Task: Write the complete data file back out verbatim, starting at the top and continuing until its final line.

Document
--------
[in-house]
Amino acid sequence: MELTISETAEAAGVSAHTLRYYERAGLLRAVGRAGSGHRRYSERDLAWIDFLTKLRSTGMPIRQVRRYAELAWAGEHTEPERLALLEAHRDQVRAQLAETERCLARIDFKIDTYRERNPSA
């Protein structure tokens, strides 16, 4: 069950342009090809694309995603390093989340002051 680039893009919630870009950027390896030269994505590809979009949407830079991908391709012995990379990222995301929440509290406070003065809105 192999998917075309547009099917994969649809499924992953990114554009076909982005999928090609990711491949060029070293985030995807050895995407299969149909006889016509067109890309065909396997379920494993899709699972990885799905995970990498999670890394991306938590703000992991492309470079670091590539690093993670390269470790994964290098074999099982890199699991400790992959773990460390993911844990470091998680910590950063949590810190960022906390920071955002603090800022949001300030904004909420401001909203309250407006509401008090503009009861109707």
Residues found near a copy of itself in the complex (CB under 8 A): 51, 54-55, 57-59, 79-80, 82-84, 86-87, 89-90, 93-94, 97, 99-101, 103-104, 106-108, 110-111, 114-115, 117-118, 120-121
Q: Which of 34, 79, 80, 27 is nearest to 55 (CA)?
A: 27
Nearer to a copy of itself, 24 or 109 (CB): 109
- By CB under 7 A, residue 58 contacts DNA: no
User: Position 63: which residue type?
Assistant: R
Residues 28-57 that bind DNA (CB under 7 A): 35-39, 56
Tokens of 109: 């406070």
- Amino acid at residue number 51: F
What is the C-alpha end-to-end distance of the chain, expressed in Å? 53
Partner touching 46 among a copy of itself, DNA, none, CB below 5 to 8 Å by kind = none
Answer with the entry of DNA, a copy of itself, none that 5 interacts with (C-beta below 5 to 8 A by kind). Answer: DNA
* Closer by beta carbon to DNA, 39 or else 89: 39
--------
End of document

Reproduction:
[in-house]
Amino acid sequence: MELTISETAEAAGVSAHTLRYYERAGLLRAVGRAGSGHRRYSERDLAWIDFLTKLRSTGMPIRQVRRYAELAWAGEHTEPERLALLEAHRDQVRAQLAETERCLARIDFKIDTYRERNPSA
């Protein structure tokens, strides 16, 4: 069950342009090809694309995603390093989340002051 680039893009919630870009950027390896030269994505590809979009949407830079991908391709012995990379990222995301929440509290406070003065809105 192999998917075309547009099917994969649809499924992953990114554009076909982005999928090609990711491949060029070293985030995807050895995407299969149909006889016509067109890309065909396997379920494993899709699972990885799905995970990498999670890394991306938590703000992991492309470079670091590539690093993670390269470790994964290098074999099982890199699991400790992959773990460390993911844990470091998680910590950063949590810190960022906390920071955002603090800022949001300030904004909420401001909203309250407006509401008090503009009861109707």
Residues found near a copy of itself in the complex (CB under 8 A): 51, 54-55, 57-59, 79-80, 82-84, 86-87, 89-90, 93-94, 97, 99-101, 103-104, 106-108, 110-111, 114-115, 117-118, 120-121
Q: Which of 34, 79, 80, 27 is nearest to 55 (CA)?
A: 27
Nearer to a copy of itself, 24 or 109 (CB): 109
- By CB under 7 A, residue 58 contacts DNA: no
User: Position 63: which residue type?
Assistant: R
Residues 28-57 that bind DNA (CB under 7 A): 35-39, 56
Tokens of 109: 């406070």
- Amino acid at residue number 51: F
What is the C-alpha end-to-end distance of the chain, expressed in Å? 53
Partner touching 46 among a copy of itself, DNA, none, CB below 5 to 8 Å by kind = none
Answer with the entry of DNA, a copy of itself, none that 5 interacts with (C-beta below 5 to 8 A by kind). Answer: DNA
* Closer by beta carbon to DNA, 39 or else 89: 39